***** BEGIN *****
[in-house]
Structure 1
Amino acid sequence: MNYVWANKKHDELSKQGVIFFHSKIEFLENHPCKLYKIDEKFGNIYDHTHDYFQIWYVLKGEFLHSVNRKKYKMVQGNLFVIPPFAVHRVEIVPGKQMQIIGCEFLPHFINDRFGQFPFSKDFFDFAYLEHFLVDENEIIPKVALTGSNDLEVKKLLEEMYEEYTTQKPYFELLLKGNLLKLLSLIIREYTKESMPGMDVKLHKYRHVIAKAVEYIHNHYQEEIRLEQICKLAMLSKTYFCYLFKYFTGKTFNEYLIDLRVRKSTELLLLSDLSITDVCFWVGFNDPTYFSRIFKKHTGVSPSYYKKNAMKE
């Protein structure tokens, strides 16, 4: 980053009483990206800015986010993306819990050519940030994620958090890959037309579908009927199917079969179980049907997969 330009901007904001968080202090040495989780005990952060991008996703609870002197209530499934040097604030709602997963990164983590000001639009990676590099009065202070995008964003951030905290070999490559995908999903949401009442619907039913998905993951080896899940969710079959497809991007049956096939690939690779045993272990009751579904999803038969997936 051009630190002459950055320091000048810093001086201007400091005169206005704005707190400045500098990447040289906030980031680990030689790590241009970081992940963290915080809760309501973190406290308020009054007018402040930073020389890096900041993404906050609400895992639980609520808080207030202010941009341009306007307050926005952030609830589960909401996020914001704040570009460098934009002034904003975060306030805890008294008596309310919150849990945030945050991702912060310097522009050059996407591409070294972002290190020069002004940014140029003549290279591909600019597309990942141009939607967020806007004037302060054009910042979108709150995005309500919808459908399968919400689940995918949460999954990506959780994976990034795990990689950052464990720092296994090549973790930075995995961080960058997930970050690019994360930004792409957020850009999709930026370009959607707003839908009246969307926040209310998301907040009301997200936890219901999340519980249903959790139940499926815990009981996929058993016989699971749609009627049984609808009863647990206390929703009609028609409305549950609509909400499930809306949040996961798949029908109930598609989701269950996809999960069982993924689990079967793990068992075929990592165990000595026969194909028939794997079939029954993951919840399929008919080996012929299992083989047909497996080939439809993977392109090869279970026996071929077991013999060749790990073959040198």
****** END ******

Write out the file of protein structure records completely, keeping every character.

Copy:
[in-house]
Structure 1
Amino acid sequence: MNYVWANKKHDELSKQGVIFFHSKIEFLENHPCKLYKIDEKFGNIYDHTHDYFQIWYVLKGEFLHSVNRKKYKMVQGNLFVIPPFAVHRVEIVPGKQMQIIGCEFLPHFINDRFGQFPFSKDFFDFAYLEHFLVDENEIIPKVALTGSNDLEVKKLLEEMYEEYTTQKPYFELLLKGNLLKLLSLIIREYTKESMPGMDVKLHKYRHVIAKAVEYIHNHYQEEIRLEQICKLAMLSKTYFCYLFKYFTGKTFNEYLIDLRVRKSTELLLLSDLSITDVCFWVGFNDPTYFSRIFKKHTGVSPSYYKKNAMKE
């Protein structure tokens, strides 16, 4: 980053009483990206800015986010993306819990050519940030994620958090890959037309579908009927199917079969179980049907997969 330009901007904001968080202090040495989780005990952060991008996703609870002197209530499934040097604030709602997963990164983590000001639009990676590099009065202070995008964003951030905290070999490559995908999903949401009442619907039913998905993951080896899940969710079959497809991007049956096939690939690779045993272990009751579904999803038969997936 051009630190002459950055320091000048810093001086201007400091005169206005704005707190400045500098990447040289906030980031680990030689790590241009970081992940963290915080809760309501973190406290308020009054007018402040930073020389890096900041993404906050609400895992639980609520808080207030202010941009341009306007307050926005952030609830589960909401996020914001704040570009460098934009002034904003975060306030805890008294008596309310919150849990945030945050991702912060310097522009050059996407591409070294972002290190020069002004940014140029003549290279591909600019597309990942141009939607967020806007004037302060054009910042979108709150995005309500919808459908399968919400689940995918949460999954990506959780994976990034795990990689950052464990720092296994090549973790930075995995961080960058997930970050690019994360930004792409957020850009999709930026370009959607707003839908009246969307926040209310998301907040009301997200936890219901999340519980249903959790139940499926815990009981996929058993016989699971749609009627049984609808009863647990206390929703009609028609409305549950609509909400499930809306949040996961798949029908109930598609989701269950996809999960069982993924689990079967793990068992075929990592165990000595026969194909028939794997079939029954993951919840399929008919080996012929299992083989047909497996080939439809993977392109090869279970026996071929077991013999060749790990073959040198």